Charles-Edouard Bouée,Alain Le Couédic,Wu Qi
Brands and Buzz: understanding how to reach today's Chinese consumers
think: act STUDY
Following our Consumer Report 2009, we have intensified our cooperation this year with CIC, China's leading "Internet Word of Mouth" (IWOM) research firm, to bring you timely trends and insights to help you successfully tackle the Chinese consumer landscape. The Internet is one channel that can't be ignored within China's vast and growing community of Internet users and e-commerce is taking off in China. Proportionally, Chinese consumers rely on the Internet in making purchase decisions much more than their counterparts in the West. Online information and interaction hubs such as blogs, microblogs and BBS are treasure mines of information on consumer preferences and trends as well as channels for companies to reach out to and build rapport with consumers.
Our market knowledge paired with CIC's first-hand research demonstrates vividly the power of the Internet on Chinese consumer behavior and how it can build up or, conversely, damage brands. Through a deep look into the online habits and preferences of Chinese consumers, we offer insights on how to actively participate and capitalize on valuable opportunities in the online realm.
We have also analyzed the Chinese consumer population with our unique Roland Berger branding tool, the RB profiler, and developed clusters defined by consumers' values and personalities. We offer you an in-depth look at what makes each type of consumer tick so that you can tailor your messages, define your road-to-market strategy and take actions to drive the most impact.
The race to keep up with developments of the Chinese consumer is a complex one. We hope that this report and its insights will assist you in seeing both the big picture and the way forward in addressing China's consumers effectively.
In recent months, companies around the world have been experiencing significant changes in how they manage their procurement. As a direct consequence of the global financial crisis, prices for materials and services fell across the board. Just a short time later, prices for raw materials shot up again, taking us all by surprise.
What are we to make of these developments? One thing is sure: the volatility of the past months is here to stay. Companies need to rethink how they manage their procurement activities. Now is the right time for them to turn the opportunities that have appeared in recent months into long-term benefits.
This edition of think:act CONTENT summarizes our view of how companies can best go about this and presents our recommendations for action.
Automation – Time to find your true north
The aim of this study is to provide automation managers with practical guidelines and advicemon how to best meet the challenges that lie ahead. Customer requirements are changing hard and fast, business is shifting to new geographic regions, and the way automation companies conduct their business is changing too.
To remain competitive, companies must look beyond incremental opportunities and closely examine systemic and structural changes that have much greater potential to improve competitiveness.
Based on our decades-long experience, extensive research and 120 interviews with manufacturers, customers and industry organizations from Europe, the United States, Japan and China, we’ve compiled a long list of strategic actions that can help automation companies establish a sustainable business model.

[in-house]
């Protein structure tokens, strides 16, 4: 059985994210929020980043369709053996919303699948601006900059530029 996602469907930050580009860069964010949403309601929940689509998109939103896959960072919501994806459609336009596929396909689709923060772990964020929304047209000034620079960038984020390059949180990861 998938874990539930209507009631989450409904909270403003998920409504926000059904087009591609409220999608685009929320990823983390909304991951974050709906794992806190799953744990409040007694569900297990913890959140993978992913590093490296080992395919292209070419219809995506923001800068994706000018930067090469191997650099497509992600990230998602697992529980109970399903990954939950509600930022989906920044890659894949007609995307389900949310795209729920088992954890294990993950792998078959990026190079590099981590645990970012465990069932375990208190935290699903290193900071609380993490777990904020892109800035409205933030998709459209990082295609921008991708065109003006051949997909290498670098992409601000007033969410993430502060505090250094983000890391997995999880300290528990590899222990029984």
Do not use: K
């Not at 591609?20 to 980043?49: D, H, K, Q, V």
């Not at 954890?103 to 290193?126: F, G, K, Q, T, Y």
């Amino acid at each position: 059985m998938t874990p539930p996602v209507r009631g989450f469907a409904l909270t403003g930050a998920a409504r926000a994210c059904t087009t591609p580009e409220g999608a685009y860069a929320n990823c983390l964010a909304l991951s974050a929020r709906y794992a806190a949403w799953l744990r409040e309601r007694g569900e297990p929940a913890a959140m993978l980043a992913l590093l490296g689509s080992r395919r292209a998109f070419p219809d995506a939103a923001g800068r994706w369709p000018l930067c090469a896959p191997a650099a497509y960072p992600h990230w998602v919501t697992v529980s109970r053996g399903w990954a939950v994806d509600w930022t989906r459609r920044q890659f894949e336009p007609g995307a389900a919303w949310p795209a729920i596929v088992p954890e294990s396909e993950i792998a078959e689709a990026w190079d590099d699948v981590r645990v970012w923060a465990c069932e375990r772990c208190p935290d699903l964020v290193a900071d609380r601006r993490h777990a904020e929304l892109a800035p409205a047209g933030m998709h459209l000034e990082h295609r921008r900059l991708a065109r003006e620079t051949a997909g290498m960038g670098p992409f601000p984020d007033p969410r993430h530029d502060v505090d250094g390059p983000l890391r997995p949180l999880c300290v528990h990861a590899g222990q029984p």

We believe companies in each business model – standard components, complex components, problem solvers and system suppliers – need to redirect their attention back to their core strengths. Only when companies know where their true north is, can they know how to proceed forward. It’s this intimate knowledge that will enable them to select the best growth options for their business.
The economic crisis appears to be slowly dissipating. But one problem remains, namely the lack of qualified people. As a consultancy, we have found that many executives initially assign HR issues a key role in the company's strategy, but often fail to follow through.
The threat of an acute shortage of skilled workers is a structural challenge. Managing your human resources in a sustainable manner – from recruiting to retaining – makes or breaks corporate competitiveness. This means talent management is indeed a strategic issue for top management.
think: act - Mastering complexity
If we want to generate sustainable growth for the future, we need to successfully connect the major challenges in the world—such as climate change and demography—with growth. In this effort, industrial expertise plays a decisive role. Why? Because both the green technologies that can help us address climate change, and the productivity gains that can enable us to generate growth with fewer employees, are based on superior industrial know-how.
The crisis has been a good reminder that the real economy—namely industry and highly-specialized services, especially in combination — plays a crucial role in the economic structure. That puts our priorities right back in order! And it places continental Europe, with its high industrial density, in a leading position.
However, the crisis has also revealed clearly that the Asian national economies saved us from crashing into a depression—and that they will remain the growth drivers for the next few years, with China as the model for successful Asian economic development. However, a growing number of people are beginning to ask just how long can China walk the tightrope between communism and capitalism? India, for example, is pursuing alternate roads to growth and prosperity. In this dossier we present our perspective on how real the opportunities for India as a boom region truly are. One of India’s strengths is diversity, which can be advantageous for competition and progress. Yet one region in the world has potential for an even more stimulating environment: Europe. Nowhere else can you find more languages, cultures and countries in a smaller geographic area. This unique mix has led European businesses to develop a special outlook on management—a topic we present indepth in many studies and books.